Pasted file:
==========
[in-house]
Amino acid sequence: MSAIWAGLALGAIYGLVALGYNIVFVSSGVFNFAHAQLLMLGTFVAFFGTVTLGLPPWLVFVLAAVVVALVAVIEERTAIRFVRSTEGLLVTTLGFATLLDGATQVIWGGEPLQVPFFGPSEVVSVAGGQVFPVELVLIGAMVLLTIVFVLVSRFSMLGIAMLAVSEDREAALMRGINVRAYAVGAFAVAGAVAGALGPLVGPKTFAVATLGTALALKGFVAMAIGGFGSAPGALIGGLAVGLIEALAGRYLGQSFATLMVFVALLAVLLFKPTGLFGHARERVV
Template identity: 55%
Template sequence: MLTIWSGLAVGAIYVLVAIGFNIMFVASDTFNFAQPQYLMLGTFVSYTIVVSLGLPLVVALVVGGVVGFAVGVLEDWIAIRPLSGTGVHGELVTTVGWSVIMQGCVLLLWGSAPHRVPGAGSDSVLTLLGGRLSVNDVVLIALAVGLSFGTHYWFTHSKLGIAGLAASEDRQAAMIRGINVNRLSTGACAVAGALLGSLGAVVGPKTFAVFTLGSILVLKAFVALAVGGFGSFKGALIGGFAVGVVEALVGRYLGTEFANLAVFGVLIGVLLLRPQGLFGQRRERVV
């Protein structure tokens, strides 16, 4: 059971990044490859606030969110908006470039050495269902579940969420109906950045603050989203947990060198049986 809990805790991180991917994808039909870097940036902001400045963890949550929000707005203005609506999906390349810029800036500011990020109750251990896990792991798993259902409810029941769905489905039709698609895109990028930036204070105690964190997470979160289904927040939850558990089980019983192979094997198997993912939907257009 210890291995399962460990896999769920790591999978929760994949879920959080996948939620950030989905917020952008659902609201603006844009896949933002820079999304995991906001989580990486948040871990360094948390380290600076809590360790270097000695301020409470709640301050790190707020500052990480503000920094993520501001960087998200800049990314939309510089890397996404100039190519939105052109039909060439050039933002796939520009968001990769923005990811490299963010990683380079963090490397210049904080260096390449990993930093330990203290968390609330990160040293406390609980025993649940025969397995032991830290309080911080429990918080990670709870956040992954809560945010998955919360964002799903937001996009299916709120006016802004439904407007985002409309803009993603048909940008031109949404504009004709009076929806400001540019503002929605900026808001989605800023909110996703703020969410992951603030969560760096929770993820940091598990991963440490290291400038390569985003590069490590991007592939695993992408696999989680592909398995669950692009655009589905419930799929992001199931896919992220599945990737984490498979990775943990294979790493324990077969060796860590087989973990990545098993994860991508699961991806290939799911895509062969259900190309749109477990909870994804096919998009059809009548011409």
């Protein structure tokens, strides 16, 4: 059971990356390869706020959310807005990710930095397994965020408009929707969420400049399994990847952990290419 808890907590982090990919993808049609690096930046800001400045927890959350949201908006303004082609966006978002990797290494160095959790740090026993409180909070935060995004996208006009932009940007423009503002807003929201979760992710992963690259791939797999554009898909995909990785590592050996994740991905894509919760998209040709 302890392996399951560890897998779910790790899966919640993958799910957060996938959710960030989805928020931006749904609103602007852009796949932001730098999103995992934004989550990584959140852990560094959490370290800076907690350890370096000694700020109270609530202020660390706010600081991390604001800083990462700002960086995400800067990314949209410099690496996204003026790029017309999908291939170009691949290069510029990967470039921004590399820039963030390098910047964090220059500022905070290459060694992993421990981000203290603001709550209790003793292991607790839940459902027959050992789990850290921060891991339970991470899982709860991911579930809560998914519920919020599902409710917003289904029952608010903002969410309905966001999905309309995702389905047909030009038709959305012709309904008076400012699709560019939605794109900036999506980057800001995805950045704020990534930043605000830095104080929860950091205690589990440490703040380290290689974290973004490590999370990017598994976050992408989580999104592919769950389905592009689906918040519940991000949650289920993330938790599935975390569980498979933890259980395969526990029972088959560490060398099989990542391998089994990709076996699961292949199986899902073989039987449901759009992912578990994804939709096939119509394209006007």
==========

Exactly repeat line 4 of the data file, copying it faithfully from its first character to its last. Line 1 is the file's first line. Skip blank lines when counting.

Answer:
Template sequence: MLTIWSGLAVGAIYVLVAIGFNIMFVASDTFNFAQPQYLMLGTFVSYTIVVSLGLPLVVALVVGGVVGFAVGVLEDWIAIRPLSGTGVHGELVTTVGWSVIMQGCVLLLWGSAPHRVPGAGSDSVLTLLGGRLSVNDVVLIALAVGLSFGTHYWFTHSKLGIAGLAASEDRQAAMIRGINVNRLSTGACAVAGALLGSLGAVVGPKTFAVFTLGSILVLKAFVALAVGGFGSFKGALIGGFAVGVVEALVGRYLGTEFANLAVFGVLIGVLLLRPQGLFGQRRERVV